The next step, says Dr. Anderson, is to examine the chromosome 6 segments more closely in order to locate the exact gene or genes that cause lung cancer. Only after a gene is identified will the scientists be able to determine the percentage of high-risk lung cancer families that carry the gene on chromosome 6.
"We're confident the gene is there," Dr. Anderson says. "We've seen evidence with every analytical model we've used. We'll find it."
Dr. Pinney emphasizes that the GELCC researchers continue to search for families at high risk for lung cancer. "We're especially looking for people with three relatives, living or deceased, who have had lung cancer among their parents, grandparents, aunts and uncles, or their own brothers and sisters," she says.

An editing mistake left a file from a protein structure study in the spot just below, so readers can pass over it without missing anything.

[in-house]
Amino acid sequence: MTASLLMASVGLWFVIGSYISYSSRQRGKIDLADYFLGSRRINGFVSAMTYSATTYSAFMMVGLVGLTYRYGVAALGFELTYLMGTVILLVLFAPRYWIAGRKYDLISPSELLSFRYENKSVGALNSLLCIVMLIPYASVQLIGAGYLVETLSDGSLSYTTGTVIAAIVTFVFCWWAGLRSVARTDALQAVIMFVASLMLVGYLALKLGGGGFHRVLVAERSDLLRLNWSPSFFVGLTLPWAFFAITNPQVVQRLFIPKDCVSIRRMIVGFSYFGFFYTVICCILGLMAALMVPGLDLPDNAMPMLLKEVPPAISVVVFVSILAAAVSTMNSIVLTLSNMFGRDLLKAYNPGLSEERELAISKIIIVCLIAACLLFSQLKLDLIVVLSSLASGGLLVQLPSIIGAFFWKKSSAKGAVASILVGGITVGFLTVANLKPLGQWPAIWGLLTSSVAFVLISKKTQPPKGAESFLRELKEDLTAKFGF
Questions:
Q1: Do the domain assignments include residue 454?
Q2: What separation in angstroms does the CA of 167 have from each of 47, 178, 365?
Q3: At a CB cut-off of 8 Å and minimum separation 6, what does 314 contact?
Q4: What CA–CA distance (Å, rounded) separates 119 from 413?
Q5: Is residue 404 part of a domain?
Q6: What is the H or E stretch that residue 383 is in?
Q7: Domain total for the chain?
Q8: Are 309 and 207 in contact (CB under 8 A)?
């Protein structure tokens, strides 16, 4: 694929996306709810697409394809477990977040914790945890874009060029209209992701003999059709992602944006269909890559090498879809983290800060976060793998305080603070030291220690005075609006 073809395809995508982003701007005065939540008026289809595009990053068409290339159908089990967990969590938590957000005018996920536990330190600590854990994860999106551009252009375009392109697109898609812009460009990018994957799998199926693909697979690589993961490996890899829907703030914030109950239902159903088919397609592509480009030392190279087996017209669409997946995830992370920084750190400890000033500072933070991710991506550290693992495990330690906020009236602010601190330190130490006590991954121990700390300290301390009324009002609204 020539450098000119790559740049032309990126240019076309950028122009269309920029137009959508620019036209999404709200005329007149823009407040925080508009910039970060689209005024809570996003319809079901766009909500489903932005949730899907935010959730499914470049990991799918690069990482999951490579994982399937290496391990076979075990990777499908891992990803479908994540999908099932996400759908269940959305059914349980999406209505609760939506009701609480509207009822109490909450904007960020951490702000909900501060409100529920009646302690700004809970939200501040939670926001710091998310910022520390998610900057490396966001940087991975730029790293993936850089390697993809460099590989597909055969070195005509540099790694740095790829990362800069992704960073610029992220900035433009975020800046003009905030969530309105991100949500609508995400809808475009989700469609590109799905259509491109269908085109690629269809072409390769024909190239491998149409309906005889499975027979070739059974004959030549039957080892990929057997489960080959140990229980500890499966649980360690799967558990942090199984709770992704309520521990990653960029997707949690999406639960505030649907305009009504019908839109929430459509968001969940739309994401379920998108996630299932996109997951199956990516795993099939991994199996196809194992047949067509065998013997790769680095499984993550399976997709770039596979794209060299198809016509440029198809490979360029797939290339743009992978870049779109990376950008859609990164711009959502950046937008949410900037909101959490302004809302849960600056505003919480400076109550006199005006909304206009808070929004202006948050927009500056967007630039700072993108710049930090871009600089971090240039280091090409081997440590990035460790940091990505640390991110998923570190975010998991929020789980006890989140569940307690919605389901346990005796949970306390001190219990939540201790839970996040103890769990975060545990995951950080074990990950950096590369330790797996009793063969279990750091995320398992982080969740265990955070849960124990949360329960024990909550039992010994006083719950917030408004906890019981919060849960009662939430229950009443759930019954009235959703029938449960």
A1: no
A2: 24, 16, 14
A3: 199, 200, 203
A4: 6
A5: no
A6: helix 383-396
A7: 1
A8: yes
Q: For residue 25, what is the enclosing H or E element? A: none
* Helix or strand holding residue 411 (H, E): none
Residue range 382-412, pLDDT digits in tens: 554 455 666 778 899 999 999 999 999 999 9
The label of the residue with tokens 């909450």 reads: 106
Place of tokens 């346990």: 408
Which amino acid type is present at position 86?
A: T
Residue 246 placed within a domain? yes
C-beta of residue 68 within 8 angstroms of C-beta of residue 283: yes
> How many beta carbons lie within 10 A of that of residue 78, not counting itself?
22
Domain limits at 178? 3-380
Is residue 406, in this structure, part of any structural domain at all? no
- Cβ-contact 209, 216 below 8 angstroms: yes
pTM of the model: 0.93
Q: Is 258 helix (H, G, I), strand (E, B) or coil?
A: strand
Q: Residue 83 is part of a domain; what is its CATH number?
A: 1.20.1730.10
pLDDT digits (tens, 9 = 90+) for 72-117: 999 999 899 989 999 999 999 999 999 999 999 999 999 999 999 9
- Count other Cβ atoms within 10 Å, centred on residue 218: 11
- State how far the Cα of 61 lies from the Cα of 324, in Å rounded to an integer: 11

To participate in the study, log on to the GELCC Web site at www.eh.uc.edu/gelcc, or phone 513-558-3120, 513-558-4028 or 513-558-0559. For further information see the ALCASE Web site at www.alcase.org.
The consortium researchers also include Jonathon Wiest, PhD, and Daniela Seminara, PhD, NCI; Joan Bailey-Wilson, PhD, NHGRI; Christopher Amos, PhD, M.D. Anderson Cancer Center; Gloria Petersen, PhD, and Mariza de Andrade, PhD, Mayo Clinic; Pamela Fain, PhD, University of Colorado; Ann Schwartz, PhD, Karmanos Cancer Institute; Ming You, PhD, Washington University, St. Louis; John Minna, MD, and Adi Gazdar, MD, University of Texas Southwestern Medical Center; Henry Rothschild, MD, Louisiana State University Health Sciences Center; and Teresa Coons, PhD, Saccomanno Research Institute.
The findings will be published in the print edition of the American Journal of Human Genetics in September.